Tuesday, November 29, 2011
It’s been the proverbial age since I last posted, what with completing my PhD, working, and a recent trip to the UK for a conference, but I’m at last back on the bench and have something work talking about.
Tank tracks are an area I’ve discussed on a few occasions, mainly to grumble about link & length and how I detest them. This time I’d like to talk about the finishing techniques that are applicable to all sorts of track approaches.
Building Tamiya’s 1:35 M1A1 (ODS) is a straightforward experience and I superdetailed with 17 corrected or missing detail items (it seems I can’t build an Abrams without adding as many missing details as I can, though I’m nowhere near a full amplification, according to the experts…) The vinyl T-156 tracks are the most accurate of kit offerings but still not correct (the guide horns are centred on the links, when they should straddle the gap between links), but I did not feel like spending the $$ for an AM set, especially as they would be L&L, which I loathe.
Never mind, I can live with the discrepancy. What about making that grey vinyl look like steel that’s been run across a desert?
It turned out to be a six-step process, starting with a base colour (above). I looked at photos of M1s in service and noted the general colour of their tracks, which of course reflects the terrain. I mixed Tamiya Acrylics Buff (XF-57) with NATO Brown (XF-68) and Dark Sea Grey (XF-54) at a ratio of 20:3:3, and coated both sides of the tracks. I tape or pin the tracks to a length of card to control them as I’m doing this.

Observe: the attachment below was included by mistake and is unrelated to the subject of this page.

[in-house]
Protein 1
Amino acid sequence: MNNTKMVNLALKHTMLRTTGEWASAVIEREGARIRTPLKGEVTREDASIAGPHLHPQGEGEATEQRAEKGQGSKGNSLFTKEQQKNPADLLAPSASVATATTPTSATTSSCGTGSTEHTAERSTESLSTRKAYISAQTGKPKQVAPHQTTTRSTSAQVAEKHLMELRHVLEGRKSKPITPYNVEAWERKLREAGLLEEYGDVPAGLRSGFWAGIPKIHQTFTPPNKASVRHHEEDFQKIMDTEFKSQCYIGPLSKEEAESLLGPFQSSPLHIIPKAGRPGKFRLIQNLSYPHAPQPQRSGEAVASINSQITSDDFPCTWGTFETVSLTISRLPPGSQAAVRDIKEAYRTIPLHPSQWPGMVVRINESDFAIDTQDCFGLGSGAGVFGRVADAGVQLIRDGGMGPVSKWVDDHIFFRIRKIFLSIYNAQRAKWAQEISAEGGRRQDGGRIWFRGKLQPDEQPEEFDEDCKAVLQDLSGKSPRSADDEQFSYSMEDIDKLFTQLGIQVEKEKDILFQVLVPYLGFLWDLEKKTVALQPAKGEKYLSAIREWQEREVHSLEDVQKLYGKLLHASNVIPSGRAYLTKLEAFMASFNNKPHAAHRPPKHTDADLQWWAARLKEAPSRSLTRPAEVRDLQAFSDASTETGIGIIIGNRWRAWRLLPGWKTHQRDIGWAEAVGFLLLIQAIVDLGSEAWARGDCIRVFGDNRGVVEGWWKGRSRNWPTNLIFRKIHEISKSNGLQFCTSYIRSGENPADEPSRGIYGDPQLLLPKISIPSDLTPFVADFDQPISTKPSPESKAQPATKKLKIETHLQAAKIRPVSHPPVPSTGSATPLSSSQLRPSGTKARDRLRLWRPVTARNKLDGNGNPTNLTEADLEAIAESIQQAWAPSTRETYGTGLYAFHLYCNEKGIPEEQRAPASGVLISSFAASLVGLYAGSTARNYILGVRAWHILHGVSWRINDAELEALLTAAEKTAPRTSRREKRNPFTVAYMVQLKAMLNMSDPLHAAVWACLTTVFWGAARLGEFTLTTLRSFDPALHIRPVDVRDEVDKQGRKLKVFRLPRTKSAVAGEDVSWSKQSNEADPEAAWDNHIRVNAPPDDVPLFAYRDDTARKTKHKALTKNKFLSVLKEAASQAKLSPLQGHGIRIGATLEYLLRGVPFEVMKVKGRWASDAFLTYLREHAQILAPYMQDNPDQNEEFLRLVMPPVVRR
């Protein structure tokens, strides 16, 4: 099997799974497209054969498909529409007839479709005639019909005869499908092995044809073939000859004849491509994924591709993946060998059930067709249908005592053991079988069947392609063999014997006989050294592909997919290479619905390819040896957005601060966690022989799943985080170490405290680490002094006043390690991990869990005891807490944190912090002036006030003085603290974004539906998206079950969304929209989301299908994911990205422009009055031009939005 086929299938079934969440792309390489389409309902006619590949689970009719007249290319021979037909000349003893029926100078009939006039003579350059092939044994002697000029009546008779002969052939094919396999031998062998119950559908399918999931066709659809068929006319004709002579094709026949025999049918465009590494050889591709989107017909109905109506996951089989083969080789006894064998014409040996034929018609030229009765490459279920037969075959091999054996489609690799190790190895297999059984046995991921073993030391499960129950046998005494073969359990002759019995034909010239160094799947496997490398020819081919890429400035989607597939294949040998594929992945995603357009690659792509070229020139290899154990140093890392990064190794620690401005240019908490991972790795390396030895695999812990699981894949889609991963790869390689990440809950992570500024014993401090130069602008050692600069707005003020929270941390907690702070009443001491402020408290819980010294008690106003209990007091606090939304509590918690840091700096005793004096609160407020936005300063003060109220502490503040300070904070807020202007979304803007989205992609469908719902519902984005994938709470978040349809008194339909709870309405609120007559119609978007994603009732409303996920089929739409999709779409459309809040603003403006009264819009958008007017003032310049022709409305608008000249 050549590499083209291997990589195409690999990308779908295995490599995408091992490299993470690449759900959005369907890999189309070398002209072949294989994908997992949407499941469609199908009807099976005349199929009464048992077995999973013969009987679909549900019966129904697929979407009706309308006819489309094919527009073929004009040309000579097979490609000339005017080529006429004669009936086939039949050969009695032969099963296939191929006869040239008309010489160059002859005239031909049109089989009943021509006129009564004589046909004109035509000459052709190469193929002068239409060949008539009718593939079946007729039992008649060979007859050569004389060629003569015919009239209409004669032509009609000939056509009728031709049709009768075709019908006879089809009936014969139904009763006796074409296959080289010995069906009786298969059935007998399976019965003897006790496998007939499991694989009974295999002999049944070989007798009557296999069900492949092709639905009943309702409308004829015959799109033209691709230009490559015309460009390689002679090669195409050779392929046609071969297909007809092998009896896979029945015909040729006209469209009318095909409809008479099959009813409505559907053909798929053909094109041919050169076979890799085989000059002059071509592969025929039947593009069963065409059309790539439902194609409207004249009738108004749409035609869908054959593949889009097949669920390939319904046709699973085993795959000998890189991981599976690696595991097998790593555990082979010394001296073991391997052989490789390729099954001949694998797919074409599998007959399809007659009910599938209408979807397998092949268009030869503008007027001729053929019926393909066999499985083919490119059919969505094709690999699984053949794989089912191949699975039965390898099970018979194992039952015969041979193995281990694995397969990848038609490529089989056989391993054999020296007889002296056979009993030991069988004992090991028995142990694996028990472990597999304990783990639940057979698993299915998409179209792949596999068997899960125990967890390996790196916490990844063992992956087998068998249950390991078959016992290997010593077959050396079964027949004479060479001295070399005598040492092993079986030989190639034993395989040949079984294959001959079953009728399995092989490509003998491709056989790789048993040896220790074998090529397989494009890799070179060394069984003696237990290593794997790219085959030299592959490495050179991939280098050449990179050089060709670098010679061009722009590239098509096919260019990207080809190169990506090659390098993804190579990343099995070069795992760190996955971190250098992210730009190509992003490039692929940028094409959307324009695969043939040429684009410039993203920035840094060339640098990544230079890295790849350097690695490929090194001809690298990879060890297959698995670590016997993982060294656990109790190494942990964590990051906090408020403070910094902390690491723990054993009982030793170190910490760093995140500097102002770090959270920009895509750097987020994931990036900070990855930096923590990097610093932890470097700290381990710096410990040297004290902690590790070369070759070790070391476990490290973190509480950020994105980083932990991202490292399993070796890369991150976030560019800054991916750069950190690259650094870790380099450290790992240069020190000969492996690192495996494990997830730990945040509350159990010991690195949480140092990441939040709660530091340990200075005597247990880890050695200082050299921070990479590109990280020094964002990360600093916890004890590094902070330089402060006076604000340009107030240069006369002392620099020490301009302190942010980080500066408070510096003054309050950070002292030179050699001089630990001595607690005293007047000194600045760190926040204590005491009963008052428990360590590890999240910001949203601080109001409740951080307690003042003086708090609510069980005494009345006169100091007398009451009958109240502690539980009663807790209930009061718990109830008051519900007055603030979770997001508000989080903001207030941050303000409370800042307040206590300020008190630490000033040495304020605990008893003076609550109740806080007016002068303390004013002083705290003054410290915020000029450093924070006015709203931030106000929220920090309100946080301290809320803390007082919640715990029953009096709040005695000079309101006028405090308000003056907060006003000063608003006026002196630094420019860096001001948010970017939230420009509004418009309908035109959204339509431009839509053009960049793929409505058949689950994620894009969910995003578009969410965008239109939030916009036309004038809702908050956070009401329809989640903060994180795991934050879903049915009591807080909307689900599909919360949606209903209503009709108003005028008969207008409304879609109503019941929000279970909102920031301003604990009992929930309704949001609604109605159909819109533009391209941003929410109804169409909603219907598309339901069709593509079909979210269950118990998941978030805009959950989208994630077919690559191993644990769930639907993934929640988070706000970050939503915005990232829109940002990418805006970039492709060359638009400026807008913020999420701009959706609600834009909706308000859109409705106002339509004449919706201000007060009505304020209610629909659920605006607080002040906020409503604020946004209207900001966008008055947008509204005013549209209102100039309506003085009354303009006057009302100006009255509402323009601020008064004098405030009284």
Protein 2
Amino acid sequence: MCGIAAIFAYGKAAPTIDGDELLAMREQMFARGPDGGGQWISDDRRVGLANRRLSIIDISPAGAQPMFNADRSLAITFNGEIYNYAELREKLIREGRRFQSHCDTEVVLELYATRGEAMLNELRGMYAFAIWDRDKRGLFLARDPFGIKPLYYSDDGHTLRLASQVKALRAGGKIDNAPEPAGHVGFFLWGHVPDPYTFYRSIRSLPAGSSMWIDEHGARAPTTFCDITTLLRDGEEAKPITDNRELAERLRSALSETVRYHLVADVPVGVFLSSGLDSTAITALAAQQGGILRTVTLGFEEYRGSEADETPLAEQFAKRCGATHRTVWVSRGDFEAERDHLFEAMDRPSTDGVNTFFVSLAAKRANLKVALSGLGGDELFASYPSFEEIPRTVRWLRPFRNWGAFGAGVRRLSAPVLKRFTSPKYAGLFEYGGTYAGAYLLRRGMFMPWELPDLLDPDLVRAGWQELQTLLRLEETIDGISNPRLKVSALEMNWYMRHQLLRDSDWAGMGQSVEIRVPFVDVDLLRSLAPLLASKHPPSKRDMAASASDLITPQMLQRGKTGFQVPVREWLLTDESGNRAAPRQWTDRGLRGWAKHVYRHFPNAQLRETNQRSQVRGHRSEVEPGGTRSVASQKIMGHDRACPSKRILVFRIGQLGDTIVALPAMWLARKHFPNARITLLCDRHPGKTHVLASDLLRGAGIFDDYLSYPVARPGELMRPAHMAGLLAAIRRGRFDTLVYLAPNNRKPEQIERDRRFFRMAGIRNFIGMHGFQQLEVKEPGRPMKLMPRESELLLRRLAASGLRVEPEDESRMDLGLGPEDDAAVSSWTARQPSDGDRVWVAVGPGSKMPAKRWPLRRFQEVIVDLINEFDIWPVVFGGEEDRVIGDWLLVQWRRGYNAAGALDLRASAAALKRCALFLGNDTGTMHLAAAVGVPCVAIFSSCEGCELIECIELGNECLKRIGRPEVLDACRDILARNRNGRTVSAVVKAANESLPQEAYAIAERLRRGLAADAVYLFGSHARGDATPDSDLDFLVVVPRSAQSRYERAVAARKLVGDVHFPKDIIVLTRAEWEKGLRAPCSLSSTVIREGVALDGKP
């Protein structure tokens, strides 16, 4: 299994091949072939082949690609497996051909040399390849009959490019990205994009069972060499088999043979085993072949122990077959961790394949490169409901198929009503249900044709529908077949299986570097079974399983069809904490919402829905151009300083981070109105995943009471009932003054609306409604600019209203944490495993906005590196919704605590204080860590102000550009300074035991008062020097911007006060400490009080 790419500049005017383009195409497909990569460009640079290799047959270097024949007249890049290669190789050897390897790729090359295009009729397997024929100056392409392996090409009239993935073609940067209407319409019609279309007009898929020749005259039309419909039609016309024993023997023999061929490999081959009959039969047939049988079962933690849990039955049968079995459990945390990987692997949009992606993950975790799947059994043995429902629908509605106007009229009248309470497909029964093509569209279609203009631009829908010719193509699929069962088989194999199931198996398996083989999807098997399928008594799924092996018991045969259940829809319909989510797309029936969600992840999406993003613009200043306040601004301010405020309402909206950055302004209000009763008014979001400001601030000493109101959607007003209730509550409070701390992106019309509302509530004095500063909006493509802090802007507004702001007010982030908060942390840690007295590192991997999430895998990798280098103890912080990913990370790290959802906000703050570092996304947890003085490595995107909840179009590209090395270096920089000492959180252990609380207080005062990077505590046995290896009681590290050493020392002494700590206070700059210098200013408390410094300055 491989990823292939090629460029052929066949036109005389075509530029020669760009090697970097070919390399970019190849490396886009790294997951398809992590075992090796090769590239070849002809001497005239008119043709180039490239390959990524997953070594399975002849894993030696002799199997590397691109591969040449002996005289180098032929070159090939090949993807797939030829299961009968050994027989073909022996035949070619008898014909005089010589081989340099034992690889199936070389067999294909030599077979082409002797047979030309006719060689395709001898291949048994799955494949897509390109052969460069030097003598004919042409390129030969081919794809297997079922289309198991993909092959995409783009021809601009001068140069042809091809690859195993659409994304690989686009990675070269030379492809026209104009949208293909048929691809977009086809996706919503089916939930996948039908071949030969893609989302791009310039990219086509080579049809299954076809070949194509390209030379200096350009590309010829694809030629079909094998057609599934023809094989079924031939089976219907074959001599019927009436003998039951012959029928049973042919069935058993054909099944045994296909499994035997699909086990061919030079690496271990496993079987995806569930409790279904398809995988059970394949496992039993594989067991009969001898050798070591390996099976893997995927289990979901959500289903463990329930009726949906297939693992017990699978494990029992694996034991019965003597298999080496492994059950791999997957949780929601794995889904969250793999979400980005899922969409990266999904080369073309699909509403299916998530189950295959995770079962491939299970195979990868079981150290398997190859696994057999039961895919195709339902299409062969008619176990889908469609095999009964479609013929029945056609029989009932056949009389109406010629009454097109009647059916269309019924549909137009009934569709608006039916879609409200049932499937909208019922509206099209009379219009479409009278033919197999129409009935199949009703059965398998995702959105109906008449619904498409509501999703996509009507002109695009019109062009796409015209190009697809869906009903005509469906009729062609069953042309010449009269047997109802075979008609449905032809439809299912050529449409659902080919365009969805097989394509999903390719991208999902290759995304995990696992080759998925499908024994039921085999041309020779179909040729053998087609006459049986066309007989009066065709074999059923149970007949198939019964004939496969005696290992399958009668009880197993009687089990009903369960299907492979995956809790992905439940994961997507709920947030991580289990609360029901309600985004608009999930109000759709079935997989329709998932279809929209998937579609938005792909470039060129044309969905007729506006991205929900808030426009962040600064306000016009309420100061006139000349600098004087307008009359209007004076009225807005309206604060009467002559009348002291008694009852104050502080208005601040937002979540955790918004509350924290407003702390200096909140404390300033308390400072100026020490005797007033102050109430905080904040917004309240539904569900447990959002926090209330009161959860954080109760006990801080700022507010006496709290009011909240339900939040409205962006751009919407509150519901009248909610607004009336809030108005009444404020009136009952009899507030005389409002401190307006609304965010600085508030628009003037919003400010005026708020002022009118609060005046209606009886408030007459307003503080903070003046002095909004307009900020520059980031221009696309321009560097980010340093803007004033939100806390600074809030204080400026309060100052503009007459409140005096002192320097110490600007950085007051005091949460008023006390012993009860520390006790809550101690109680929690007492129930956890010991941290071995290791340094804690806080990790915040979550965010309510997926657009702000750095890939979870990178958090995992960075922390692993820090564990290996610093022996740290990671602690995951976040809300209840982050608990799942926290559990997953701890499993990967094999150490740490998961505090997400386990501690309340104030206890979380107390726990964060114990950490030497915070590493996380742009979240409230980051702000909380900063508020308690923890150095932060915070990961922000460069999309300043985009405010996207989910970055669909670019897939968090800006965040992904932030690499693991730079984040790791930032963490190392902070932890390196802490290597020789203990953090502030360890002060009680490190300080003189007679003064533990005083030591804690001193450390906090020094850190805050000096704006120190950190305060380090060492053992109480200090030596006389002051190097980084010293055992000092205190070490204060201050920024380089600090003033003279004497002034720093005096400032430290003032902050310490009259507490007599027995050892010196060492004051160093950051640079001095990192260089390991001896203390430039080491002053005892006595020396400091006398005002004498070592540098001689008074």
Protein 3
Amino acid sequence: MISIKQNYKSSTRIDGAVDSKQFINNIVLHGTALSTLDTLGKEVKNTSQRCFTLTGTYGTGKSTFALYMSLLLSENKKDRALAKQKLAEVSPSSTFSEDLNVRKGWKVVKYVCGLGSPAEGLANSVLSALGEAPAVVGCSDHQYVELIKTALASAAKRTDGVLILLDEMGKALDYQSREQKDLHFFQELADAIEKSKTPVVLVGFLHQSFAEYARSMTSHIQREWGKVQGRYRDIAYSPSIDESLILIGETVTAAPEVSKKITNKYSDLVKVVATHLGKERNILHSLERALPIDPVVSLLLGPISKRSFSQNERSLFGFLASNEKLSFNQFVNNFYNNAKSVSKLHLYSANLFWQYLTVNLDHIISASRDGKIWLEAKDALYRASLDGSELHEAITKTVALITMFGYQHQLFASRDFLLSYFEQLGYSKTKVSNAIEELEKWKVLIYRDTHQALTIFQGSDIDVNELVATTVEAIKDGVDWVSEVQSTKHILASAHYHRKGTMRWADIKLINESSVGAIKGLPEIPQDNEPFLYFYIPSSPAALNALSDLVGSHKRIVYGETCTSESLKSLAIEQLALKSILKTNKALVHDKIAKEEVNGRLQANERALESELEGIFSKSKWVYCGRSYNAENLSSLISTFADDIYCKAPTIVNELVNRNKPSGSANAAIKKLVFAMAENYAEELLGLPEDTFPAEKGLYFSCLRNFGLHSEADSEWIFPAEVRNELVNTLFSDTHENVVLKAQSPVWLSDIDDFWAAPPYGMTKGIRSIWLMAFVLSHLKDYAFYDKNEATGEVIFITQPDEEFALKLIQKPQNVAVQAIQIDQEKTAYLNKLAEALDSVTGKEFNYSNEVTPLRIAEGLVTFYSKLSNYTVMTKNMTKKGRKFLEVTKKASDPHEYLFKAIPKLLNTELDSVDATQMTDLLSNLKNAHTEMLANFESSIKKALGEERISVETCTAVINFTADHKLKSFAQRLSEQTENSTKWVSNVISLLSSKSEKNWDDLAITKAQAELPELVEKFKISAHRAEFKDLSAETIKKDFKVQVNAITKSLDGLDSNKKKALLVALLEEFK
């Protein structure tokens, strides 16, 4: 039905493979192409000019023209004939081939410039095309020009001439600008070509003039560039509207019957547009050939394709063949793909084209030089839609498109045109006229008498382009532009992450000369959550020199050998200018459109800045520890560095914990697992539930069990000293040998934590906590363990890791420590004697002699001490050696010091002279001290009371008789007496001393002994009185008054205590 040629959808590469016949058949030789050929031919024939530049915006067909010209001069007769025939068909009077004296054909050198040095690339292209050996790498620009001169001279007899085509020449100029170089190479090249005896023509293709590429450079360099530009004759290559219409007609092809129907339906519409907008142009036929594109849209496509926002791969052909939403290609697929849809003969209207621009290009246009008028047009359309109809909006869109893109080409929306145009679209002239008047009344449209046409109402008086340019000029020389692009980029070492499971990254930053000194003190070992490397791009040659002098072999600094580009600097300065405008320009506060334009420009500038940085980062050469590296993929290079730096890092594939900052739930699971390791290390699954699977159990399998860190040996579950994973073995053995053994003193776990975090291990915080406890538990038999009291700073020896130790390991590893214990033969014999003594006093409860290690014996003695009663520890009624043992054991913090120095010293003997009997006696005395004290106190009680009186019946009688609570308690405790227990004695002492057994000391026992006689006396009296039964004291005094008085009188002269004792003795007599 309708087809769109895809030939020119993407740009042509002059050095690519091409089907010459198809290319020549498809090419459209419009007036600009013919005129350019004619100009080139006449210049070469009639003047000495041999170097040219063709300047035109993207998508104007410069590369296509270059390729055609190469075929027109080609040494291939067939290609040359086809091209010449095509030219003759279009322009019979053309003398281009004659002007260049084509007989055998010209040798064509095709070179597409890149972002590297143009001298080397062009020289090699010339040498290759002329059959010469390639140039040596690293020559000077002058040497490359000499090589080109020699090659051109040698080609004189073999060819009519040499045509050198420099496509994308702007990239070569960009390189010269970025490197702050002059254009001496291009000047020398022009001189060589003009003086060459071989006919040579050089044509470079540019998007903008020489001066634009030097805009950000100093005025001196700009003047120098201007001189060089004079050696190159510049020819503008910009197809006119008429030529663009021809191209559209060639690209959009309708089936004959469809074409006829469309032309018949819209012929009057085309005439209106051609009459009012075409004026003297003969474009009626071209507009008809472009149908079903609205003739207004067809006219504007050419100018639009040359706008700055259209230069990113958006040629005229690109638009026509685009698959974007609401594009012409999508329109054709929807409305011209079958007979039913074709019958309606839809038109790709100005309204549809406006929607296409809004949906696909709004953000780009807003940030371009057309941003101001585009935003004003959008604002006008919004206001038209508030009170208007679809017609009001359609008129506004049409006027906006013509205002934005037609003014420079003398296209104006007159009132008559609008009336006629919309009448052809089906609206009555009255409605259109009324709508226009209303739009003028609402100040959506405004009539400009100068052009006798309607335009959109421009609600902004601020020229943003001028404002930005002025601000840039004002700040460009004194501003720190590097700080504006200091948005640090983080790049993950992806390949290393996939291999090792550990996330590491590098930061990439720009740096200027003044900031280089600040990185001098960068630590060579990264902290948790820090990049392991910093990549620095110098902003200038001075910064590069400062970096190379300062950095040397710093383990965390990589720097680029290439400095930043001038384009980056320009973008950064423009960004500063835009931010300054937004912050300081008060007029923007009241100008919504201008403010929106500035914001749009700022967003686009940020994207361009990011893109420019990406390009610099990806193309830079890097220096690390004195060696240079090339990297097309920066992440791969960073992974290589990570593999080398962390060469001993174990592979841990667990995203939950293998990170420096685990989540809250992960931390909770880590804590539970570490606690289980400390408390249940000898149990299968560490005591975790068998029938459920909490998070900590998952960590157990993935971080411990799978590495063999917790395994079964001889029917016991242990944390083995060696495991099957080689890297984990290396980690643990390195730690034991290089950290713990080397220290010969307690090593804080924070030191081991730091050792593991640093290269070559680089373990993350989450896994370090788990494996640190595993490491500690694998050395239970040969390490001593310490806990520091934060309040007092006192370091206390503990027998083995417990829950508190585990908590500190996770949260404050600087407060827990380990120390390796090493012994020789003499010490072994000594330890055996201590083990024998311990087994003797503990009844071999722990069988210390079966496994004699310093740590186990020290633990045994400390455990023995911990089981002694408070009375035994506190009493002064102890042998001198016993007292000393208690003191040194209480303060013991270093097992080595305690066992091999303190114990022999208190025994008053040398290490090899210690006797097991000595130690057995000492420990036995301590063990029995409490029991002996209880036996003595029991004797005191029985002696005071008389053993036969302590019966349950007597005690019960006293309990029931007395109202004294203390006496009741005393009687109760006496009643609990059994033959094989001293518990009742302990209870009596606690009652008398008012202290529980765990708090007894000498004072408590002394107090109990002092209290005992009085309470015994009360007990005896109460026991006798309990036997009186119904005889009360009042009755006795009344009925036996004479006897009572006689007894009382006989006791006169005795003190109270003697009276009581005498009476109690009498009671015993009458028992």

Step 2 (also above) was the really boring one – paint the track pads and blocks into flat black (XF-1) individually. I used a small, flat sable brush and for once the Tamiya paints behaved themselves reasonably well coming off a brush. The effect does not have to be precise by any means, real tracks are so coated with filth that the point where rubber meets steel is rarely obvious to the naked eye, so I used a near-drybrushing technique across the raised areas, then blocked them in.
An oil wash was the third phase, van Dyke brown suspended in enamel thinner run into all detail areas on both sides, a fairly quick process that created some depth. It’s subtle, but it’s visible above.
The fourth step, also above, was to overspray the tracks with well-thinned Buff (one part paint to three parts thinner, which is 600% over-spec for Tamiya) to simulate dust ground into everything, and which toned down the starkness of the fresh black to a grey-beige which looks pretty good against many service photos.
The job was nearly done by this point. Drybrushing with silver to create bare metal wear on the guidehorns and some external link ends came next, and a light wash here and there of bright rust to add visual interest. Step 6 was MiG Gulf War Sand pigment powder, but that technically would go on overall when everything else on the beast was done, and in the shot above is added to just one part of the right-hand track to demonstrate how it settles into declivities. I called it done at this point and set the tracks aside for later.
Tracks are not difficult to make look good, but it does take a little thought beforehand, and the patience to work through the process when it gets a bit tedious!